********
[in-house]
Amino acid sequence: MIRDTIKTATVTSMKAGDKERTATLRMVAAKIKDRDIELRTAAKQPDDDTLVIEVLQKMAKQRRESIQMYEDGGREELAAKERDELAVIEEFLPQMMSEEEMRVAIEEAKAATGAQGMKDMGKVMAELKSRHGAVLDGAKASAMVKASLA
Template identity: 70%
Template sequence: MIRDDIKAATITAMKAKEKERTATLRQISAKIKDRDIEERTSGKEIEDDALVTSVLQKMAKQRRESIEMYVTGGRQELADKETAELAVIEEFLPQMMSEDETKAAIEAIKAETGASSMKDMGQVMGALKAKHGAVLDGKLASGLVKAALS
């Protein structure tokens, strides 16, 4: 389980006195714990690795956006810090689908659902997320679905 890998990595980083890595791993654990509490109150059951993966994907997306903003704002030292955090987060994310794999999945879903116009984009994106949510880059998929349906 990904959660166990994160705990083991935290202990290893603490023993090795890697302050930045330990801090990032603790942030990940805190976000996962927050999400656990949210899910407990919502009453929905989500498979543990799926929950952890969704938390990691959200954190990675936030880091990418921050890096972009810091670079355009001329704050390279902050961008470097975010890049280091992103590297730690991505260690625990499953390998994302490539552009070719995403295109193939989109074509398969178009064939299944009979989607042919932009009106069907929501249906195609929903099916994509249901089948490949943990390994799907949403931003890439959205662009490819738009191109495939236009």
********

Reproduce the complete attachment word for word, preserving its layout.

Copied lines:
[in-house]
Amino acid sequence: MIRDTIKTATVTSMKAGDKERTATLRMVAAKIKDRDIELRTAAKQPDDDTLVIEVLQKMAKQRRESIQMYEDGGREELAAKERDELAVIEEFLPQMMSEEEMRVAIEEAKAATGAQGMKDMGKVMAELKSRHGAVLDGAKASAMVKASLA
Template identity: 70%
Template sequence: MIRDDIKAATITAMKAKEKERTATLRQISAKIKDRDIEERTSGKEIEDDALVTSVLQKMAKQRRESIEMYVTGGRQELADKETAELAVIEEFLPQMMSEDETKAAIEAIKAETGASSMKDMGQVMGALKAKHGAVLDGKLASGLVKAALS
């Protein structure tokens, strides 16, 4: 389980006195714990690795956006810090689908659902997320679905 890998990595980083890595791993654990509490109150059951993966994907997306903003704002030292955090987060994310794999999945879903116009984009994106949510880059998929349906 990904959660166990994160705990083991935290202990290893603490023993090795890697302050930045330990801090990032603790942030990940805190976000996962927050999400656990949210899910407990919502009453929905989500498979543990799926929950952890969704938390990691959200954190990675936030880091990418921050890096972009810091670079355009001329704050390279902050961008470097975010890049280091992103590297730690991505260690625990499953390998994302490539552009070719995403295109193939989109074509398969178009064939299944009979989607042919932009009106069907929501249906195609929903099916994509249901089948490949943990390994799907949403931003890439959205662009490819738009191109495939236009």